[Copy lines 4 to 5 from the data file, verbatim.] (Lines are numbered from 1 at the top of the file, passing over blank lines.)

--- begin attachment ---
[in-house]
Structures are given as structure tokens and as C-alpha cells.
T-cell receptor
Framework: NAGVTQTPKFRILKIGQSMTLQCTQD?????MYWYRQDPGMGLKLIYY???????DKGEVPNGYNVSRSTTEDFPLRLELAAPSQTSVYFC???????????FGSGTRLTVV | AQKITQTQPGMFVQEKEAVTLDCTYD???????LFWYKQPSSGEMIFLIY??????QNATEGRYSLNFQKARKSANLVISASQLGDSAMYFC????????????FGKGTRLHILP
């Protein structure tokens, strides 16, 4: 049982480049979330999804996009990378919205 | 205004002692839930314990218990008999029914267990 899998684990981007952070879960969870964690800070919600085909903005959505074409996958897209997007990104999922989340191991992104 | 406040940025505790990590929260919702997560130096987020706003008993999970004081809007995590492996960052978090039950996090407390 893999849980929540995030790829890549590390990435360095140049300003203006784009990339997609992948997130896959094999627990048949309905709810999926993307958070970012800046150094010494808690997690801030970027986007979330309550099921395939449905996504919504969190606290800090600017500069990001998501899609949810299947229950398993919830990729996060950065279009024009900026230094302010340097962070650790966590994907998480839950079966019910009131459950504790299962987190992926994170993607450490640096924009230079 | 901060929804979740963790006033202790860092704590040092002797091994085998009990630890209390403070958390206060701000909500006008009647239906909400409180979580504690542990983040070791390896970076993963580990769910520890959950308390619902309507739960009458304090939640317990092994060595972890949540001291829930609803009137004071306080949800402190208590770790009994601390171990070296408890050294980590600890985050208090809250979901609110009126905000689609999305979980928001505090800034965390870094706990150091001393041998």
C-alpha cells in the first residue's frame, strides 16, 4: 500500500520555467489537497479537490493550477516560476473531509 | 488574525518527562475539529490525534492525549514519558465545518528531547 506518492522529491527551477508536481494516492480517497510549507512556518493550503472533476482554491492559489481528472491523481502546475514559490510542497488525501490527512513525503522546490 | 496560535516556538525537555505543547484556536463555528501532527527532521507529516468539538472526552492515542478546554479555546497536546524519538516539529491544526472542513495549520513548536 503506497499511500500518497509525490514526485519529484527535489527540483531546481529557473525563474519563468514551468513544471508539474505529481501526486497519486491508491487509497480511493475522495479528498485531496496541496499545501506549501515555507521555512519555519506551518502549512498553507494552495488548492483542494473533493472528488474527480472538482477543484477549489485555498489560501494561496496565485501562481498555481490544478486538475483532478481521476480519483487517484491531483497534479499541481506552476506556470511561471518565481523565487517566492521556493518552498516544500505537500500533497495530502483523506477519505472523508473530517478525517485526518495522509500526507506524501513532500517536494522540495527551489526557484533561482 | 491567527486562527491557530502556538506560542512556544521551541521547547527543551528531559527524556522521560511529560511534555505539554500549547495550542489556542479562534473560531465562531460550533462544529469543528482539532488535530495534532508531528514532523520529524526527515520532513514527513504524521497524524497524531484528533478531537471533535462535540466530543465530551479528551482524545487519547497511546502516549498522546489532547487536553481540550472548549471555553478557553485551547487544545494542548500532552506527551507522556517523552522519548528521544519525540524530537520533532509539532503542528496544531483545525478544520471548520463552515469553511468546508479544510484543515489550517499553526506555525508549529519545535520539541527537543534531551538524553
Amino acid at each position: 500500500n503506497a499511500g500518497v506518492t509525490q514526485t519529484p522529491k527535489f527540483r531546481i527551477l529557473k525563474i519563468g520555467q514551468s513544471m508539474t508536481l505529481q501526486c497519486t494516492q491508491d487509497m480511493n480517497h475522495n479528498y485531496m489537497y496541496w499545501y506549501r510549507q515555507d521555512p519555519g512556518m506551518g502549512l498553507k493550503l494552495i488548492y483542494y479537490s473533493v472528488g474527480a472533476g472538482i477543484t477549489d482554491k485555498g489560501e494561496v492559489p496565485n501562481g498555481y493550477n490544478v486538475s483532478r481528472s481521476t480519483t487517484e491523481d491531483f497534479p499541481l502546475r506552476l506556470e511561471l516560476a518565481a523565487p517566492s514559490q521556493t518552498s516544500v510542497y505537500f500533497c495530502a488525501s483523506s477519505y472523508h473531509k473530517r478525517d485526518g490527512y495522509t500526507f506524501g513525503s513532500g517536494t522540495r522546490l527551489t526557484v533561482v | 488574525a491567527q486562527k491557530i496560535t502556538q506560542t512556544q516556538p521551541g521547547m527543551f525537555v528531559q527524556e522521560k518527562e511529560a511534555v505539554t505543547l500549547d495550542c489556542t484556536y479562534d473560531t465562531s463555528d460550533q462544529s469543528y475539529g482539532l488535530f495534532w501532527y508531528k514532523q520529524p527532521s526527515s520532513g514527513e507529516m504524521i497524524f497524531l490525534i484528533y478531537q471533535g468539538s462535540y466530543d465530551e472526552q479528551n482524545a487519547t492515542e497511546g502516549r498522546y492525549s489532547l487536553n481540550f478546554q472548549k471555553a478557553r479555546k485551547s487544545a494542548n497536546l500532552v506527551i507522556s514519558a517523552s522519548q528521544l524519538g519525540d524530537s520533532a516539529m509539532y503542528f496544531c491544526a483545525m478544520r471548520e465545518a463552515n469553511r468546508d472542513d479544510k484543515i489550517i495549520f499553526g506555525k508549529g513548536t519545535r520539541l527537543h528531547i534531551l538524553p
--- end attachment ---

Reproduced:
Framework: NAGVTQTPKFRILKIGQSMTLQCTQD?????MYWYRQDPGMGLKLIYY???????DKGEVPNGYNVSRSTTEDFPLRLELAAPSQTSVYFC???????????FGSGTRLTVV | AQKITQTQPGMFVQEKEAVTLDCTYD???????LFWYKQPSSGEMIFLIY??????QNATEGRYSLNFQKARKSANLVISASQLGDSAMYFC????????????FGKGTRLHILP
């Protein structure tokens, strides 16, 4: 049982480049979330999804996009990378919205 | 205004002692839930314990218990008999029914267990 899998684990981007952070879960969870964690800070919600085909903005959505074409996958897209997007990104999922989340191991992104 | 406040940025505790990590929260919702997560130096987020706003008993999970004081809007995590492996960052978090039950996090407390 893999849980929540995030790829890549590390990435360095140049300003203006784009990339997609992948997130896959094999627990048949309905709810999926993307958070970012800046150094010494808690997690801030970027986007979330309550099921395939449905996504919504969190606290800090600017500069990001998501899609949810299947229950398993919830990729996060950065279009024009900026230094302010340097962070650790966590994907998480839950079966019910009131459950504790299962987190992926994170993607450490640096924009230079 | 901060929804979740963790006033202790860092704590040092002797091994085998009990630890209390403070958390206060701000909500006008009647239906909400409180979580504690542990983040070791390896970076993963580990769910520890959950308390619902309507739960009458304090939640317990092994060595972890949540001291829930609803009137004071306080949800402190208590770790009994601390171990070296408890050294980590600890985050208090809250979901609110009126905000689609999305979980928001505090800034965390870094706990150091001393041998």